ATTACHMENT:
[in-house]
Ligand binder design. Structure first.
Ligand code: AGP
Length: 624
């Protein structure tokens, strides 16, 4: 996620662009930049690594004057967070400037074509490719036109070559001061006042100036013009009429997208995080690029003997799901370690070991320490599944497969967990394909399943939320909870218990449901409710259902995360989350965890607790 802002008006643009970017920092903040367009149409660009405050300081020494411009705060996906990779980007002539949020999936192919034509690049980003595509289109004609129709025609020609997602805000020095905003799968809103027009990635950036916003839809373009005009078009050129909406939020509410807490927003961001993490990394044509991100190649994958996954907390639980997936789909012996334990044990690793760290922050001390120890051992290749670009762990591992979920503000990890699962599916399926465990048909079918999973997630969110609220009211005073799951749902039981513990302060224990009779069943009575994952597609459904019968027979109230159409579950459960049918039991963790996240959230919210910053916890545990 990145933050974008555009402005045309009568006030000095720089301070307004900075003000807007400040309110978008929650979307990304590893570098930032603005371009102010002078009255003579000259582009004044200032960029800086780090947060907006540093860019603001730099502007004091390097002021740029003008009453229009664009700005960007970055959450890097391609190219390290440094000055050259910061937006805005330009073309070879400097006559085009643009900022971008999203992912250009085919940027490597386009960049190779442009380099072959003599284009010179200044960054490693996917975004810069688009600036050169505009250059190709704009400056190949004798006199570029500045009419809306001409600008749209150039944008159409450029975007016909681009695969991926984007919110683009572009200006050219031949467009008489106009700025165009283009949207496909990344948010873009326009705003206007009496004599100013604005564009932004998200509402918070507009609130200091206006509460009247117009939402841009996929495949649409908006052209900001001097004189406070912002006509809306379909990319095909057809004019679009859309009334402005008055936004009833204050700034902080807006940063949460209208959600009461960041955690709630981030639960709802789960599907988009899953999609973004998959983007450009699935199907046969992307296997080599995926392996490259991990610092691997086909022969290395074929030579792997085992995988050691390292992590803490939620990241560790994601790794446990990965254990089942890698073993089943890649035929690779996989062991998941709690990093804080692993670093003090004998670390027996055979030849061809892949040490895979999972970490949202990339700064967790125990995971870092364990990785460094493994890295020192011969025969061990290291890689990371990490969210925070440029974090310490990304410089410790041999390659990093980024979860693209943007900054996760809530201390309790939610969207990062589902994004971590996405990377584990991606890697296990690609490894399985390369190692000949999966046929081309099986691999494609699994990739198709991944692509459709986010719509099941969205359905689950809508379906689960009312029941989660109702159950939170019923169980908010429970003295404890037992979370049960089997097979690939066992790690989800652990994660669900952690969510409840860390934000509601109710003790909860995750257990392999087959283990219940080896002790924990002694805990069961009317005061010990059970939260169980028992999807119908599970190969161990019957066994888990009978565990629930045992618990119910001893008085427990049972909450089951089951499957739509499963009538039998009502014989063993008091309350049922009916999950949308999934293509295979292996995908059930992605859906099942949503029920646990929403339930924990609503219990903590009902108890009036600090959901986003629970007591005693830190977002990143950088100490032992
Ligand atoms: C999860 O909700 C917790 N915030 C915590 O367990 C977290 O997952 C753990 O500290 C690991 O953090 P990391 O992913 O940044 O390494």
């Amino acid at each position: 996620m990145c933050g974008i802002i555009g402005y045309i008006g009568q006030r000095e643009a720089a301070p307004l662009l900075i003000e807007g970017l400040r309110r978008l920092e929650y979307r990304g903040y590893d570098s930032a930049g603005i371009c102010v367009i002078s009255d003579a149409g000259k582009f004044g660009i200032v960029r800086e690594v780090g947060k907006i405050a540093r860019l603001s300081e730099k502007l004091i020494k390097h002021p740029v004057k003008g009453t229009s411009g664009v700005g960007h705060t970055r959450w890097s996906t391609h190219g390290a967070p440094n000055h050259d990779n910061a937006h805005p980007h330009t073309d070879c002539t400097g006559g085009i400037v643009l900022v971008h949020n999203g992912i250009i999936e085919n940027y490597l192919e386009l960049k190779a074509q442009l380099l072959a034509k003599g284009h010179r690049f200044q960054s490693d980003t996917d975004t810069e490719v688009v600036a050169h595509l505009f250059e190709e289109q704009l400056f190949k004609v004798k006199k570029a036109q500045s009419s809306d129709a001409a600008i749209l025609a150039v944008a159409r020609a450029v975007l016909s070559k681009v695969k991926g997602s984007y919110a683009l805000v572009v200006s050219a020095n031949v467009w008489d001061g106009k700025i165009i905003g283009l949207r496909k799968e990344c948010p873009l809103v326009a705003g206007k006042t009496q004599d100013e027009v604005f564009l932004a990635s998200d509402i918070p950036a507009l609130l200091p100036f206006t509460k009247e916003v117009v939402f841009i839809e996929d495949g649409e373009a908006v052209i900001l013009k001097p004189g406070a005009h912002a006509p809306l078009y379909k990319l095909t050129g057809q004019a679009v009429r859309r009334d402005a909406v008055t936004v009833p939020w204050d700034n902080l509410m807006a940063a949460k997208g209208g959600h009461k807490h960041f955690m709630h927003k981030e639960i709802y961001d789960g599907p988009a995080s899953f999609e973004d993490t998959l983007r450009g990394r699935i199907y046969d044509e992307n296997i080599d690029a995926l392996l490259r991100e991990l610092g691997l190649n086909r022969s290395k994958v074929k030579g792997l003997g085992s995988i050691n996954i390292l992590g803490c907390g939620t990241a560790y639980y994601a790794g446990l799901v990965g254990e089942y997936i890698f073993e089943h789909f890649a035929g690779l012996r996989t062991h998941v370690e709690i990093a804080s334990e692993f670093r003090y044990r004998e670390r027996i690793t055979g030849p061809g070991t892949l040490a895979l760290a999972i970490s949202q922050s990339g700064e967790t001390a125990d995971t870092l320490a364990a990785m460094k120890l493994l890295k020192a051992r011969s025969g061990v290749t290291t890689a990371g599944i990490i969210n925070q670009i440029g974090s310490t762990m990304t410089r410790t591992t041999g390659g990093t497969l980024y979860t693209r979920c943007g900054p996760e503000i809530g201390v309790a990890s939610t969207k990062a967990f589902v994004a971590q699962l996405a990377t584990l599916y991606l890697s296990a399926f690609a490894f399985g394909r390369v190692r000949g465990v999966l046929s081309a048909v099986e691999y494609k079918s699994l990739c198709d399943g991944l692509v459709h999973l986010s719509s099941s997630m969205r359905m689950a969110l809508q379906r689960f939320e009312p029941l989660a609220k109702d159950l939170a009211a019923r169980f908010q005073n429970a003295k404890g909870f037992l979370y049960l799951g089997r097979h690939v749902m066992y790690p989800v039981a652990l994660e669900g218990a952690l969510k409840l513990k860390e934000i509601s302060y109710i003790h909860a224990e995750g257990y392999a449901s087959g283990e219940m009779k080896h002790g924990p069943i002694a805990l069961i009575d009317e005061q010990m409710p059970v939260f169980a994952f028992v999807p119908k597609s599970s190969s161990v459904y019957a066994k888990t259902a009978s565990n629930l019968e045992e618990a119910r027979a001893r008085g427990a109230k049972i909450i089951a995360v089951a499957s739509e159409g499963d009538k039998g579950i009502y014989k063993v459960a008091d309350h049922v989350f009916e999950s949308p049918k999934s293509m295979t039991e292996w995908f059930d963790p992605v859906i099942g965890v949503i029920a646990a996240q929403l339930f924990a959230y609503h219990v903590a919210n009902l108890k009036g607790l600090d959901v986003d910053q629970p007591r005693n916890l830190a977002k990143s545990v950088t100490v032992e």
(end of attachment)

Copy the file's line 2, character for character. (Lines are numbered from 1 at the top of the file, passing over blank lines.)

Ligand binder design. Structure first.